Sons of Anarchy finale Tuesday, Dec. 1 on FX, some thoughts
By April MacIntyre Nov 30, 2009, 17:59 GMT
Mother and son - Katey Sagal (Gemma) and Charlie Hunnam (Jax)- FX\'s "Sons Of Anarchy" Season 2 Premiere Screening - Arrivals - Paramount Theater - Los Angeles, CA. USA © Albert L. Ortega / PR Photos
A sadness surrounds the excitement over Tuesday night's finale of the engrossing season two of the FX drama "Sons of Anarchy."
Fans will understand the mixed feelings I am currently wrestling with, wanting the classically-themed tale set in a world of motorcycle clubs to go on; the show has become an adult drama of epic proportions.
No wasted frames, and each character written with a precision that makes you love them all, even the most derelict and criminally inclined of the lot. I am as interested in the chief's (Dayton Callie) back story as I am the mystery surrounding Jax's deceased SAMCRO founding dad John Teller and Clay's (Ron Perlman) murky past, still a wild card reveal in the plot. The secondary roles have all had a chance to shine and show what they bring as actors to this beautifully crafted story.
Kurt Sutter's leather-clad pastiche of bikers and outlaws has filled a needed void on the smallscreen, with deeply layered tale-telling for grownups that packs an emotional punch in each turn.
He even acts in the series (Otto) and holds his own in scene with the intense fair-haired star Charlie Hunnam, an Englishman who has just absolutely morphed himself into a Cobain-esque rough American biker, no trace of the motherland in his patois.
The Sons are painted with themes of a loyalty and the strength of a brotherhood that speaks to so many diverse groups of people, many who would never consider becoming engrossed with an outlaw biker yarn. The epicenter is Sutter's fiercely talented wife, Katey Sagal, the matriarch Gemma Teller Morrow who pulls the hidden strings within the club.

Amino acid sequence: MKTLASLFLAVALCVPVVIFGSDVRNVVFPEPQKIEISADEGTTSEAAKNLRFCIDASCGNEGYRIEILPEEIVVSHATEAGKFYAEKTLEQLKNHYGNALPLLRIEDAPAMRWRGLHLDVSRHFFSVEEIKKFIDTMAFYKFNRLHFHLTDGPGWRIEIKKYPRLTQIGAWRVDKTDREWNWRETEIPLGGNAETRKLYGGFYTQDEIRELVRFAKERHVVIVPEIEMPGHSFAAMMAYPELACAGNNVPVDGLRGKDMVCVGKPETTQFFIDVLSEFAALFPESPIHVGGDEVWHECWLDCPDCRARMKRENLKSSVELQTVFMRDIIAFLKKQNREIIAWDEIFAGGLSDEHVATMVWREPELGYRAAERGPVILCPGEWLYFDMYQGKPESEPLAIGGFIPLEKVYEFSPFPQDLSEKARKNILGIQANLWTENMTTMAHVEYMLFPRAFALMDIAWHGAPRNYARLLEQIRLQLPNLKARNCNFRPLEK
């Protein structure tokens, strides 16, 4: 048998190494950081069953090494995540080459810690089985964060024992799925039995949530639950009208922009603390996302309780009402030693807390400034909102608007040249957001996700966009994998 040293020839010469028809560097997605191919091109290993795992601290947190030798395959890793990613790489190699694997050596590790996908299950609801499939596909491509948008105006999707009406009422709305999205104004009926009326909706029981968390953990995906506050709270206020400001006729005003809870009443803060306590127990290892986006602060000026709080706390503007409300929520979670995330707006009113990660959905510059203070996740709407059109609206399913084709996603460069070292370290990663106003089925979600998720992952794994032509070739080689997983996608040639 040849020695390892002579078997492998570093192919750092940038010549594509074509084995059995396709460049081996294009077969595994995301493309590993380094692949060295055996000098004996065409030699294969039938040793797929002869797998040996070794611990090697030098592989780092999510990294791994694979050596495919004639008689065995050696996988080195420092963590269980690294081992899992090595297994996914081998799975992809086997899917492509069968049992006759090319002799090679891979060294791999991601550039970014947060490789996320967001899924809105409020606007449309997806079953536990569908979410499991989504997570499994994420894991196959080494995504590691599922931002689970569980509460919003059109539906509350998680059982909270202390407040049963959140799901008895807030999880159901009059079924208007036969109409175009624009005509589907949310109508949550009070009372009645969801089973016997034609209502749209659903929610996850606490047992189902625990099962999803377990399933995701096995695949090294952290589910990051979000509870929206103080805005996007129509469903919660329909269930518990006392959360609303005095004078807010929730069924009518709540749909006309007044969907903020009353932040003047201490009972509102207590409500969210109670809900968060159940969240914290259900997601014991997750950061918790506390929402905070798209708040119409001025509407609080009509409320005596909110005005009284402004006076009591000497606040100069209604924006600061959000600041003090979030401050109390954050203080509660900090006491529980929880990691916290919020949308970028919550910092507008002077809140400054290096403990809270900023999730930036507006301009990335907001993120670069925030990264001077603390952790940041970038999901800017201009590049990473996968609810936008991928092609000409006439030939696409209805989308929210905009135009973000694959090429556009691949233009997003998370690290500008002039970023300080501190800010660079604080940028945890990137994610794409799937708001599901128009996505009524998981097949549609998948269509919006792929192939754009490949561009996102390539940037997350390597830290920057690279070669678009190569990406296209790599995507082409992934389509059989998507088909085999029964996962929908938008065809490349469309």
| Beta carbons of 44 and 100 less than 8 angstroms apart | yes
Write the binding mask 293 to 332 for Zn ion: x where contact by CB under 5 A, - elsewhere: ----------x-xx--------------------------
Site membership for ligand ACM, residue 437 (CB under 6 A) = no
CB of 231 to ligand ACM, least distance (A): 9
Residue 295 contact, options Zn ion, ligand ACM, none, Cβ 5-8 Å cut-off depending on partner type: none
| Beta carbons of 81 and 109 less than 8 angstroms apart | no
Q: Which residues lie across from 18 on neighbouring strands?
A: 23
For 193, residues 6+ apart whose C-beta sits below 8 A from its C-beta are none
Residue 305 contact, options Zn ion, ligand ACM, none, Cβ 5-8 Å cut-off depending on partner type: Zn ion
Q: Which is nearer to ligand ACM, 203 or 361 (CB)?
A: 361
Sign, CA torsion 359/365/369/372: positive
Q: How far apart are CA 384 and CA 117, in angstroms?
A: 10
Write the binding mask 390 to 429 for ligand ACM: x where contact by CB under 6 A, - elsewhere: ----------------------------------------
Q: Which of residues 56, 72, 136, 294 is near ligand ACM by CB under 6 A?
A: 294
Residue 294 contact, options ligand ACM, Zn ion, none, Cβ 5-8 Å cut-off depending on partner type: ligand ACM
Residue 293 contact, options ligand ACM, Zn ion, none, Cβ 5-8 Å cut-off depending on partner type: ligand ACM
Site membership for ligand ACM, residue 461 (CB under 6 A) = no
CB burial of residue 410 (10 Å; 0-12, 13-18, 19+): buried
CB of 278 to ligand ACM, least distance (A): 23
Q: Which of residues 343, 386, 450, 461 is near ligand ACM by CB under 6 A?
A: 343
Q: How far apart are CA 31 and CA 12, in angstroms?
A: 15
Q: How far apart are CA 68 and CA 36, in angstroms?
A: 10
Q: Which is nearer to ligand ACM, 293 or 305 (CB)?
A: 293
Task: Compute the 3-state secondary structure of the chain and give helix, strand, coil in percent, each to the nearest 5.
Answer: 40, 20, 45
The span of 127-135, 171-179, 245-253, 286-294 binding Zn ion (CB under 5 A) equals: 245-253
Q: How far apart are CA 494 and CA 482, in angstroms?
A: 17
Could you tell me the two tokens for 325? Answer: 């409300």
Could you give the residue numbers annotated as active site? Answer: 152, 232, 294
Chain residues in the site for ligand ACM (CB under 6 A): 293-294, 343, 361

So, I mourn and celebrate the season conclusion (Tuesday at 10 p.m. EST FX): The series has been well served by guest stars Adam Arkin, Henry Rollins and even Tom Arnold, who pulled off a deeply disturbing turn as a homicidal porn purveyor. Rollins as Weston was spot on, and Arkin's understated Zobelle made his well-heeled villain all the more chilling.
For me, the characters that I am most fascinated with are the three henchmen of SAMCRO: Opie (Ryan Hurst), Bobby (Mark Boone Junior) and Tig (Kim Coates).
Hurst's Opie is a tragic figure, but his quiet strength and fury simmering under the skin has pulled some surprisingly passionate and riveting performances. Boone's Bobby is larger than life, the adjudicator of the lot, with his "big Jew brain" keeping Clay's wheels on the pavement. He has a charm and largess in scene with the other actors. Coates' Tig is my favorite breakout performance of the season. Tig is charismatic, feral, profane and unpredictable. He has been well-served in key SOA moments, and his scene when he comes clean to Opie about killing Donna was astounding. The lusty scene with Sagal was a stand out too.
There are so many compelling moments; Titus Welliver's badass IRA chieftain Jimmy O', William Lucking's character Piney apologizing for his whoring, drinking ways to his ex wife was touching. Appreciated was Theo Rossi's Juice as a voice of reason and willingness to go the extra mile for the club in the fateful prison scene. Mitch Pileggi's Darby facing off with Rollins' Weston was electric. Taylor Sheridan's Hale making peace with his hometown loyalties while trying to keep his ethics in check, and Chibs' (Tommy Flanagan) ballsy Irish temper rearing up to Ally Walker's Agent Stahl, another strong female performance this season.
Also enjoyed is the palpable chemistry between Charlie Hunnam's Jax and Maggie Siff's Tara, and I love how Siff's character is crossing over, her hometown loyalties and love for Jax outweighing the straight and narrow life she thought she wanted.
So many great performances this season. What were they for you? Tell me.